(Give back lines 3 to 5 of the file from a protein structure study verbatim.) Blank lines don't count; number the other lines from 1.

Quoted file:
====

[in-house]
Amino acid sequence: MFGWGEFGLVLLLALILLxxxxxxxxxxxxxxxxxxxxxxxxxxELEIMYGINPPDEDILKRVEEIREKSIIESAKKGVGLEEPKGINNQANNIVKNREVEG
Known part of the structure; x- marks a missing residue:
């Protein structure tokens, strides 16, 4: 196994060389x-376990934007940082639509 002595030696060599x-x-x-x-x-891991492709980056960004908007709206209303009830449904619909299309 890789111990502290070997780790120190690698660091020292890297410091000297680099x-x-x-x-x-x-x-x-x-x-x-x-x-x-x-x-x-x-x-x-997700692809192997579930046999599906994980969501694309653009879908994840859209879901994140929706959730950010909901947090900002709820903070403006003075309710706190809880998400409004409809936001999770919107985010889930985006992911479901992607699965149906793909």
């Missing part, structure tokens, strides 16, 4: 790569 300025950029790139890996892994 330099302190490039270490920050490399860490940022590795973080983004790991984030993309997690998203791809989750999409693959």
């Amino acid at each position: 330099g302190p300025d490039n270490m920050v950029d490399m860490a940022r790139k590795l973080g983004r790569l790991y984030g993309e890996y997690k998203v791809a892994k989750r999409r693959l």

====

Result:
Known part of the structure; x- marks a missing residue:
């Protein structure tokens, strides 16, 4: 196994060389x-376990934007940082639509 002595030696060599x-x-x-x-x-891991492709980056960004908007709206209303009830449904619909299309 890789111990502290070997780790120190690698660091020292890297410091000297680099x-x-x-x-x-x-x-x-x-x-x-x-x-x-x-x-x-x-x-x-997700692809192997579930046999599906994980969501694309653009879908994840859209879901994140929706959730950010909901947090900002709820903070403006003075309710706190809880998400409004409809936001999770919107985010889930985006992911479901992607699965149906793909």
């Missing part, structure tokens, strides 16, 4: 790569 300025950029790139890996892994 330099302190490039270490920050490399860490940022590795973080983004790991984030993309997690998203791809989750999409693959």